Take a look at these famous people’s home offices. Who knows, they might inspire you to channel your own inner genius.
Have you ever wondered where famous literary works were written, ingenious ideas were hatched, where presidents held meetings or planned strategies, or simply where pop stars wrote hits while they were in their own homes?
In this article, let’s go on a walking tour on some of the world’s most celebrated home offices made famous by their equally prominent occupants.
This photo, taken in 2004 by TIME’s Diana Walker, shows the Palo Alto home office of former Apple CEO Steve Jobs. Jobs’s home office had brick floors that went quite well with the whitewashed brick walls. Unsurprisingly, he was using a 30-inch Cinema Display Mac Pro.
This photo by Steve Pyke showed renowned environmentalist and former U.S. Vice President Al Gore’s home office in 2007. Gore was using not one but three 30-inch Mac displays, while another display monitor was installed by the windows. Quite expected in an office of an activist and a brilliant mind, every available space is occupied by piles of paper, books, and all sorts of reading materials. The home office’s only edgy element is a colorful funky frog hanging on the wall.
As quirky as his much-loved novels Charlie and the Chocolate Factory, Matilda, and The Witches, author Roald Dahl’s home office is a little brick hut situated on his garden. The place contained a bunch of interesting knick-knacks (his own hip bone and spinal shavings, for example), souvenirs, and gifts. Nobody, not even family members, was allowed to enter his writing hub. The place was his own sanctuary where he drew inspiration from the little props around him to create his wonderful stories.
Author of widely read works like The Adventures of Tom Sawyer and Adventures of Huckleberry Finn, Samuel Clemens a.k.a. Mark Twain had several home offices as he’s known to had moved from one house to another. Pictured above are two of his writing sanctuaries: the first one in his New York home. Like Roald Dahl, he did most of his writing inside a hut that he built himself, which afforded him much-needed peace and quiet to write his now famous novels. The other photo was taken in his Hartford, Connecticut home where lived until his death. What’s common between photographs, however, is that piles of papers were stacked quite unneatly on both of his desks.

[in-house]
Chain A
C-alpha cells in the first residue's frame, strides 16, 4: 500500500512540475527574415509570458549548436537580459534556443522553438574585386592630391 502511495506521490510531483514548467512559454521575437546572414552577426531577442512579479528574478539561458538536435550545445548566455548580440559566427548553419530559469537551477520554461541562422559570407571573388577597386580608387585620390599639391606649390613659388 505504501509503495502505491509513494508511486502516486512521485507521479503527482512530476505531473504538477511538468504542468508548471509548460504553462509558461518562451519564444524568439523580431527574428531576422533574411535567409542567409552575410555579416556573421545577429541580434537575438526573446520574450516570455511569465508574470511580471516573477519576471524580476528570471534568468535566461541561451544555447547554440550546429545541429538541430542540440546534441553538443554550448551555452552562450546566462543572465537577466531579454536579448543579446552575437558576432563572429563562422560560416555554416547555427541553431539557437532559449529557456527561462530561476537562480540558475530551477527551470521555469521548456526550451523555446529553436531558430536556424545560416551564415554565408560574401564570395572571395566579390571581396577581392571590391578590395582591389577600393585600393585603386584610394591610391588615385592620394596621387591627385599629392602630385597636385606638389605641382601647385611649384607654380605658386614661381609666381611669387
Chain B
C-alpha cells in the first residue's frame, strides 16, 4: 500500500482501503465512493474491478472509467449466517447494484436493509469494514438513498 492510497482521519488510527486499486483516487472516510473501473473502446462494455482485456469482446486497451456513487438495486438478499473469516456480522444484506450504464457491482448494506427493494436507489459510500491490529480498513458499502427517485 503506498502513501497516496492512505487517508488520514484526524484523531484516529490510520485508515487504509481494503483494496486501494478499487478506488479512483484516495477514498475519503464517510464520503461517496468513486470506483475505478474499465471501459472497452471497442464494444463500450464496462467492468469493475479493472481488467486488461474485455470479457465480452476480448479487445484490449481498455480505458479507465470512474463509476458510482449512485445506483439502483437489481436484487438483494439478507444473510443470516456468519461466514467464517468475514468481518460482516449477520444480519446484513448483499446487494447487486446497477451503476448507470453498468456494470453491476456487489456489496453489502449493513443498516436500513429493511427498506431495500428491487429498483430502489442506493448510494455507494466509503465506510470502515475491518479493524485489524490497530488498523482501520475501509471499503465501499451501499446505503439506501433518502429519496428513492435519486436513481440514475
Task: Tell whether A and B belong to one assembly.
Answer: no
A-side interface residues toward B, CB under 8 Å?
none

Charles Darwin’s home perhaps reflected the mind of the man behind the influential On Origin of the Species. Cluttered with notes made during his research, his shelves were lined with thick books, while tools and instruments were placed on every available space. Now a museum, Darwin’s house was purchased by English Heritage in 1996 and restored using funds from the Natural History Museum and Heritage Lottery Fund, among others.
John Lennon & Yoko Ono
English singer songwriter John Lennon and his wife Yoko Ono preferred to have work done in a minimalist setup. The living room of their London home only had a couch (which doubles as a work desk while they sat on the floor) and a large table that functions as their writing desk. Apparently this kind of setup worked terrifically well for the creative couple.
One can say that the home of Ryan Seacrest is quite similar to the hit show he hosted for 14 seasons: gaudy and a bit over the top. Situated in Hollywood Hills, this Mediterranean-inspired villa houses one of the most personalized home offices anybody could find. Huge “R” and “S” (which stand for you-know-what) hang prominently, while a framed American Idol poster is displayed just above the fireplace.
Taylor Swift bought this Beverly Hills home in 2011. It features a classic, understated home office where many of the singer-songwriter’s hits may have been written. Although a golden cherub hangs from the ceiling and a quaint art work is plastered on the wall, overall the place might not be something average folks would expect from a pop singer.
What do you think of their home offices? Were your expectations met or were you surprised at how they looked like? Let us know by leaving a comment below.
(Sources: time.com, lightbox.time.com, cultofmac.com, fortune.com, boingboing.net, fuelyourwriting.com, artofmanliness.com, lindamccartneyphotography.tumblr.com, architecturaldigest.com, bopandtigerbeat.com)